Louisville Air Watch FAQs

Q: What is this?

A: Louisville Air Watch provides real-time air quality data from EPA-approved air monitors located throughout Kentuckiana. The monitors are operated by the Louisville Metro Air Pollution Control District and the Kentucky Department for Environmental Protection. Eventually, it will also show data from monitors in southern Indiana operated by the Indiana Department of Environmental Management.

Q: What do the monitors tell us?

A: The monitors provide data on air pollution levels throughout the area. Air pollutants measured include ozone, particulate matter, sulfur dioxide, carbon monoxide, and oxides of nitrogen.

Q: Why those air pollutants?

A: They have been designated by federal Clean Air Act to be harmful to public health and to the environment. The Clean Air Act requires us to track the amount of these pollutants in the air and take action to keep them at a level deemed healthy for breathing. (More info here: louisvilleky.gov/government/air-pollution-control-district/about-air-pollution)

Q: What do the monitors do, exactly?

A: They use sophisticated instruments to “sniff” the air and tell us what is in it. (More info here: louisvilleky.gov/government/air-pollution-control-district/air-pollution-monitoring)

Q: Does it matter where the monitors are located?

A: Yes. The U.S. Environmental Protection Agency sets strict guidelines for the placement and operation of air pollution monitors. The goal is to provide an accurate assessment of the air quality across the community. (More info here: louisvilleky.gov/government/air-pollution-control-district/air-monitoring-sites)

Q: Why do I sometimes not see data from a pollutant that I previously saw?

A: When data are not available due to maintenance being performed on an instrument or any other reason that may cause invalid data, the pollutant is not shown on the web page for that hour.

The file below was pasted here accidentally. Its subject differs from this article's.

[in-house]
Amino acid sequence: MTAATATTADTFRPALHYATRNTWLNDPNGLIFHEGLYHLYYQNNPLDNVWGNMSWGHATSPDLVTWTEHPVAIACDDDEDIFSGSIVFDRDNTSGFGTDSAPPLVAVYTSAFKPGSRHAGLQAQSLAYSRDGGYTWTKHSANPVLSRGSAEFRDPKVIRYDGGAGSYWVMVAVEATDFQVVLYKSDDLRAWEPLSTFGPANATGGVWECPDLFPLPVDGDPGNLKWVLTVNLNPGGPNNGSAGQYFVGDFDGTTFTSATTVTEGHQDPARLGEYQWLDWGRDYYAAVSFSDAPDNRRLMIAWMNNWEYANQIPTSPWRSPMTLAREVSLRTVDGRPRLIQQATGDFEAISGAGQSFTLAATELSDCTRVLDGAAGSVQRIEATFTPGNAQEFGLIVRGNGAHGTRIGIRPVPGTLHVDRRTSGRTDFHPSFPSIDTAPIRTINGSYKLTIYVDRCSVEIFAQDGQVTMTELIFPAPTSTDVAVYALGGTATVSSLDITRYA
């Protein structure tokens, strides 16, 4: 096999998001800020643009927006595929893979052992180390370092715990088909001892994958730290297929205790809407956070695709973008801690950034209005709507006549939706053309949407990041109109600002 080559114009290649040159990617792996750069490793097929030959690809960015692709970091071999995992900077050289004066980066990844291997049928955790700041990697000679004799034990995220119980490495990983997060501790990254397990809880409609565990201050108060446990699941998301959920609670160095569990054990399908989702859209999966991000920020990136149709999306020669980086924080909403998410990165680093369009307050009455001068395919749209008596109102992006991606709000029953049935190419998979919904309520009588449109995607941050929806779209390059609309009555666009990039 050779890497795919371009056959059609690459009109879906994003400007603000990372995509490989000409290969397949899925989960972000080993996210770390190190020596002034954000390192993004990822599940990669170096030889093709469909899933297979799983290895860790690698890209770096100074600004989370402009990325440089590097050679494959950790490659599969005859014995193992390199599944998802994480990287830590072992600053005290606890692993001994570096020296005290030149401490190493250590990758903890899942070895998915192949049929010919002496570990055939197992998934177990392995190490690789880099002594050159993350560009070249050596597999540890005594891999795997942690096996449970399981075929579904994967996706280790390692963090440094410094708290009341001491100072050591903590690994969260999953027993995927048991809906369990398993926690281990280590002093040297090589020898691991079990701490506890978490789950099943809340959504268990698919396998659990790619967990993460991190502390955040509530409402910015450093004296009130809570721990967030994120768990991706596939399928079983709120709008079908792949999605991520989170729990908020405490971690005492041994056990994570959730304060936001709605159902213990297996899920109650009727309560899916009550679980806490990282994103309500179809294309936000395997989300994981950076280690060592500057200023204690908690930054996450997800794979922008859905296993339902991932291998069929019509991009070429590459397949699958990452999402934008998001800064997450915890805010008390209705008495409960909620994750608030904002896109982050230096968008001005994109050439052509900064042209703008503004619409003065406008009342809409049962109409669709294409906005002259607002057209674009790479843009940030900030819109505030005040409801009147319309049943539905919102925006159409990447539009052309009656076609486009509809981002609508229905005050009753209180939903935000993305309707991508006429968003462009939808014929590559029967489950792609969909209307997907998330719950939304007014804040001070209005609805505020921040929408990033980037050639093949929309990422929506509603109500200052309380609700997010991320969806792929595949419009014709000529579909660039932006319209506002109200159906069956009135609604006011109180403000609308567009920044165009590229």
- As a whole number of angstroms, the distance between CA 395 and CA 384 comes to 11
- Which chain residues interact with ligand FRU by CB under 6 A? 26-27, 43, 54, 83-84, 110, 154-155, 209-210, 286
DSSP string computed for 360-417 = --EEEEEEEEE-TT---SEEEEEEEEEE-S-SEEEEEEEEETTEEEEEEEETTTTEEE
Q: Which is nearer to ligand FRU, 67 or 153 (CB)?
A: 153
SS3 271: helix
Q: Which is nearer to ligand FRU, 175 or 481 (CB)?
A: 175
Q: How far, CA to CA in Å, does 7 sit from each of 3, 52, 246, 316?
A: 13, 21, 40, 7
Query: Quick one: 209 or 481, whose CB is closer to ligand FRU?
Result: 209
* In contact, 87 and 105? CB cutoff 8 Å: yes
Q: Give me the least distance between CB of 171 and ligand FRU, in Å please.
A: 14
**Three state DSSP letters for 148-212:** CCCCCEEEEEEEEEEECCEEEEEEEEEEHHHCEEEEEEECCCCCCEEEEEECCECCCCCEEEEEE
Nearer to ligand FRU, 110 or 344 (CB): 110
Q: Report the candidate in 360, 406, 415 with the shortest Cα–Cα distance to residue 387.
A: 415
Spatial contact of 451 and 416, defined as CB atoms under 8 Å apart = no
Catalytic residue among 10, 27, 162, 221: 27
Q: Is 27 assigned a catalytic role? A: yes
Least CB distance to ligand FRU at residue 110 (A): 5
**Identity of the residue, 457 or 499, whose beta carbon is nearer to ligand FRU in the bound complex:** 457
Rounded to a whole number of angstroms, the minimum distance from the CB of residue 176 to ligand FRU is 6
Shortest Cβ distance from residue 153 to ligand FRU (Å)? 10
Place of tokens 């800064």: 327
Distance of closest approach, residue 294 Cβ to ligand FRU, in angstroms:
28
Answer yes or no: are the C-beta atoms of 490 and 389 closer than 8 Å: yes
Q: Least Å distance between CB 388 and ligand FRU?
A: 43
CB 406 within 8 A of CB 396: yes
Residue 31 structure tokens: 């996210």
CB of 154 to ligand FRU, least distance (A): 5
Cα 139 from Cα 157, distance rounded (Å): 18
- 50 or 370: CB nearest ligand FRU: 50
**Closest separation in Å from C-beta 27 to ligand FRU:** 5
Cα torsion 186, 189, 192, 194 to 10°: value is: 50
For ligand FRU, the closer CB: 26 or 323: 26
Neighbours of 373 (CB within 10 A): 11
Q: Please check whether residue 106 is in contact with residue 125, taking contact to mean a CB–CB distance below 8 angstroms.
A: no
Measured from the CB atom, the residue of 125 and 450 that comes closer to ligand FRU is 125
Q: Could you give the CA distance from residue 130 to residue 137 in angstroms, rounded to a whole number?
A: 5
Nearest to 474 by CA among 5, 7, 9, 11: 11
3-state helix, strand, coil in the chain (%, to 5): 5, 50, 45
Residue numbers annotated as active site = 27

Q: What is the Air Quality Index?

A: The Air Quality Index (AQI) is an easy way to tell you about air quality without having to know a lot of technical details. The “Metropolitan Air Quality Index” on Louisville Air Watch shows the AQI from the monitor in Kentuckiana that is currently detecting the highest level of air pollution.

Q: How does the AQI work?

A: Air quality standards are tightened from time to time, but 100 on the AQI will always equal the current standard for a pollutant. Let’s take ozone, for example. Ozone is at an unhealthy level for sensitive populations (seniors, young children and people with asthma, COPD, and other breathing ailments) when it reaches 71 parts ozone per 1 billion parts of air averaged over 8 hours. But you don’t need to carry those numbers around in your head. All you need to know is that when the AQI for ozone hits 101 or above, the air is unhealthy for some people to breathe.

A guide to the Air Quality Index

Q: Why is the Metropolitan AQI different from the individual monitoring sites?

A: The Metropolitan AQI is from Airnow.gov, an EPA-operated air quality website that uses data from the entire Kentuckiana monitoring network to estimate local air quality conditions. Although Airnow’s AQI is based on 8-hour (ozone) and 24-hour (PM 2.5) averaging, it weights the most recent hours of data more heavily in an attempt to give the public – especially sensitive populations – a real-time indication of air quality conditions. Click here for more info from Airnow.gov.

Q: What is the air quality forecast?

A: The APCD, in conjunction with air quality professionals from around the region, produces a daily forecast of air pollution levels for ozone and particulate matter (PM 2.5), which are the two air pollutants of most concern in Kentuckiana. Forecasters look at weather trends and wind patterns as well as sophisticated computer models to predict the next day’s AQI. The goal is to let everyone – particularly sensitive populations – know what the air quality is going to be like so they can plan their day accordingly.